To say that Matt Tomasko has experience working with kids is an understatement: For the past 30 years, he has been involved with alpine coaching, mountain bike camps and teaching physical education and music in the school system.
Tomasko is currently the executive director of LERT Programs (Lake Eldora Race Team), which includes the Eldora Mountain Ski and Snowboard Club and SMBA, or Singletrack Mountain Bike Adventures, which he founded in 1993. He is a USSA Level 400 Alpine Coach, a PSIA trainer and children’s specialist.
As a native of Boulder, Colorado, Tomasko enjoys alpine and Telemark skiing, skimo, trail running, camping mountain biking and spending time with his family of five. He serves on the Just Go Harder Foundation for scholarship initiatives, the USSMA (United States Ski Mountaineering Association) and Rocky Mountain Division of USSA (age class committee). He also volunteers for the Special Olympics, Community Gardens and the Boulder Homeless Shelter.
As a passionate organizer for junior athlete-centered non-profits in Colorado, Tomasko promotes the education of healthy competition, which is the mission of the non-profit organization, Better & Faster Together. Here, he shares his 30 years of coaching and leadership experience by offering goals for athletes, parents and coaches on how to be successful—both on and off the slopes.
Q: An athlete like Mikaela Shriffin shares a lot about her process and how she achieves peak performance. What are some big-picture goals that athletes of all ages should think about regarding their performance?
A: Athletes of all age groups should focus on progression, the building blocks that set athletes up for success. They can do this by allowing ample practice time to work on elements pertaining to technique and tactics. Often times the race calendar can dictate performance metrics, but with young athletes, it takes years of proper practice and reinforcement of skills to apply in competition.
Mindfulness is a key component to athlete success. It’s critical for young skiers to execute drills properly and to perform the maneuvers in a dynamic environment so they can apply that in a race course.
Q: What are three take-aways that ski racing parents can incorporate in their own performance as a race supporter, as well as how to best support the performance of their athlete?
A: First, keep it fun for the athlete through all levels. Reinforce and recognize the athlete’s effort with the process and not always the result.
Also, be patient with the process. Ski racing is a journey. The journey is the ultimate goal and helps to shape the adult that the athlete becomes after years of hard work.
It’s important for parents to understand that in order for athletes to be successful, there’s important relationships to foster that include the coach and the parent, but the emphasis is to focus on the athlete. Trust the system and support both the athletes and the coaches. If parents do want to get involved, there are a lot of opportunities to participate through race officiating, volunteering at events, helping with fundraising and being a positive mentor to other parents in the program.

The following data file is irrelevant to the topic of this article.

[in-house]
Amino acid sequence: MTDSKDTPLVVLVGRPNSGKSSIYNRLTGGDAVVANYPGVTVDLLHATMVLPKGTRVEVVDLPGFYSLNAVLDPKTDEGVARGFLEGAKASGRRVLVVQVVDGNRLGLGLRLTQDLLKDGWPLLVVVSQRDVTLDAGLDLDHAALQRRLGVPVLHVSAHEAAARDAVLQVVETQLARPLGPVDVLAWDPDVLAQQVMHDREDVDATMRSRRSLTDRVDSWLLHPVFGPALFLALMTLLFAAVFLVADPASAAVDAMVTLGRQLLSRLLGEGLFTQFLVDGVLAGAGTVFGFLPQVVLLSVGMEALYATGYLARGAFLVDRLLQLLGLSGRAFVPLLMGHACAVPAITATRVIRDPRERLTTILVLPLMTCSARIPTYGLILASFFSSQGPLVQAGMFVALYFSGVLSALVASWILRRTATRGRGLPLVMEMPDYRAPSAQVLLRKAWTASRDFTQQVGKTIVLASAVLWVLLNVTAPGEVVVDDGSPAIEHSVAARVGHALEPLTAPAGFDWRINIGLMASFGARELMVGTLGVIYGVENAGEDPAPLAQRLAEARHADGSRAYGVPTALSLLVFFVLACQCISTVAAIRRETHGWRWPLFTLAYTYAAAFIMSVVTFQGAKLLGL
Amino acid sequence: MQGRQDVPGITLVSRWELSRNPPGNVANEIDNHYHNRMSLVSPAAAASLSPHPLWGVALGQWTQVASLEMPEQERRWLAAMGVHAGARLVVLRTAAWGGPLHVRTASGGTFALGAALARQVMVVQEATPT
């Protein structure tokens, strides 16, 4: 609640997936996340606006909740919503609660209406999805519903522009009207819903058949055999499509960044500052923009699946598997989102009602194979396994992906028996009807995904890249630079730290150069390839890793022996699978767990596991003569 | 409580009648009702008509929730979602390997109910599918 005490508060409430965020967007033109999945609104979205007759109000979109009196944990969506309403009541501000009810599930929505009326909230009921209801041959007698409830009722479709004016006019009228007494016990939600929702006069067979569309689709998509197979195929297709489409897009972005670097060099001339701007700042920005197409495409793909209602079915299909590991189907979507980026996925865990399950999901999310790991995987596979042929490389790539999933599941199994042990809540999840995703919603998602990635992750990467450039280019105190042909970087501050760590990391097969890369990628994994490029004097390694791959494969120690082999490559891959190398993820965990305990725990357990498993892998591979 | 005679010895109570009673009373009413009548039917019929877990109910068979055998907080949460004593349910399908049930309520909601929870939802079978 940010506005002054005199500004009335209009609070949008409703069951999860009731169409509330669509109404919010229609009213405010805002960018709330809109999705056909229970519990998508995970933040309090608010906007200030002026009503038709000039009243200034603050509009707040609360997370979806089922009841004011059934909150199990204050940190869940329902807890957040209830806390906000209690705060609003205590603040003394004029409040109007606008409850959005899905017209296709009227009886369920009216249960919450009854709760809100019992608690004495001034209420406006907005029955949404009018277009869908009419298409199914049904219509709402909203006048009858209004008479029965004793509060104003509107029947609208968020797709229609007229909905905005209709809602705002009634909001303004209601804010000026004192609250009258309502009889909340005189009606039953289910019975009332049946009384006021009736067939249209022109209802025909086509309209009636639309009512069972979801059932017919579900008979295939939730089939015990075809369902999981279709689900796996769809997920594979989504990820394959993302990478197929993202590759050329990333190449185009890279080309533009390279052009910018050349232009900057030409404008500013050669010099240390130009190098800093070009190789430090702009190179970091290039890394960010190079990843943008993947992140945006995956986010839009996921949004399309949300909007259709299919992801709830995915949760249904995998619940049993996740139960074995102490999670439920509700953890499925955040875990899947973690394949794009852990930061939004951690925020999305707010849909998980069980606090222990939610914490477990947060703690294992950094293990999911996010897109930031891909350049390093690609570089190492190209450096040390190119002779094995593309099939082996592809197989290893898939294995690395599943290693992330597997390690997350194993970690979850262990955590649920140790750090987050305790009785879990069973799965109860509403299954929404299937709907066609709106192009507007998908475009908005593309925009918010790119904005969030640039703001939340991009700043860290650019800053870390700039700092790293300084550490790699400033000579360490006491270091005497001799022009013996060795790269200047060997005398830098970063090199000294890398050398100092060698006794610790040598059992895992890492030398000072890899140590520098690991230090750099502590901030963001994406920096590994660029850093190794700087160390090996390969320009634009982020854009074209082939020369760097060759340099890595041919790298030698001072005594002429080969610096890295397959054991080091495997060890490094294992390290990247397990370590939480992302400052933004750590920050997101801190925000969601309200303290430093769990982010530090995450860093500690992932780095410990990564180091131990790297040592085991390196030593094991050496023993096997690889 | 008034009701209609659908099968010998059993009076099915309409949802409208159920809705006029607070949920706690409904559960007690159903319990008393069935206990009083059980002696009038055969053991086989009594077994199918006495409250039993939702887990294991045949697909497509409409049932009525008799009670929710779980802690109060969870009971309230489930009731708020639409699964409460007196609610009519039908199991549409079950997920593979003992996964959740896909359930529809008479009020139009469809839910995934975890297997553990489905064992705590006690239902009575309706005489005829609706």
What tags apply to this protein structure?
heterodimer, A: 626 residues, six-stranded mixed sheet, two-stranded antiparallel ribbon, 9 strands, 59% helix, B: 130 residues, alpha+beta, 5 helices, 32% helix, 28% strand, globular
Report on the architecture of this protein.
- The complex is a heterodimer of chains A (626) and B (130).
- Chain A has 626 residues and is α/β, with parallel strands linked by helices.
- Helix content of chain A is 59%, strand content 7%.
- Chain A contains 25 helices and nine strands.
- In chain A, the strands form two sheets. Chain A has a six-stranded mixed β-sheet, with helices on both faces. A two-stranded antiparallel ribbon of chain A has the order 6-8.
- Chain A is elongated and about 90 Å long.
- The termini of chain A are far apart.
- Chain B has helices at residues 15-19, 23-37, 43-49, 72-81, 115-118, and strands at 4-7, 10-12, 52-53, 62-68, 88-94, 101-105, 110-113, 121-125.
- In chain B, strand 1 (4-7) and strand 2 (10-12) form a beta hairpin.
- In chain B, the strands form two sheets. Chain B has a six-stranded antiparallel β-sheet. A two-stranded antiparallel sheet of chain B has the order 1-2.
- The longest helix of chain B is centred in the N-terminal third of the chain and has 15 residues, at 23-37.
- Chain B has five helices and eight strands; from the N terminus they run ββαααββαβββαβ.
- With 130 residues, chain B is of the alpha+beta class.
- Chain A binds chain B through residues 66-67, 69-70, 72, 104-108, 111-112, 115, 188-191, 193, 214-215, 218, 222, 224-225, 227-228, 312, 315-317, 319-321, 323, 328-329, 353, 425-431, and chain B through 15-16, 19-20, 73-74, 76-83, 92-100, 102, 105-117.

As a parent, be careful not to place too much emphasis on results. Results come with time, dedication, hard work and commitment. It’s important not to micromanage the athlete, instead allowing the athlete/coach relationship to flourish thus encouraging good communication and feedback down the road.
Q: How important is it for race coaches to look at their own performance—both on and off the hill? What are some key elements for coaches to implement in their communication with athletes?
A: Coaching is a dynamic process and professionals should always strive to try new ideas, to improve the progressions they work on, to collaborate with other coaches and mentor new coaches.
It’s critical that coaches come prepared with a game plan: Keep it simple, allow time for athletes to practice and reinforce the skill concept they are working on and create a learning environment through challenges, freeskiing and high-quality, all-mountain skiing.
A good coach is someone who coaches with heart and connects with the athletes. They are passionate about helping skiers be the best that they can be—and their enthusiasm is contagious. If coaches are passionate and enthusiastic, the athletes will be too.
Key communication is so important—it should be based around building a sense of team, camaraderie and spirit, working together as a community of learners, and working with the parents throughout the journey and the process.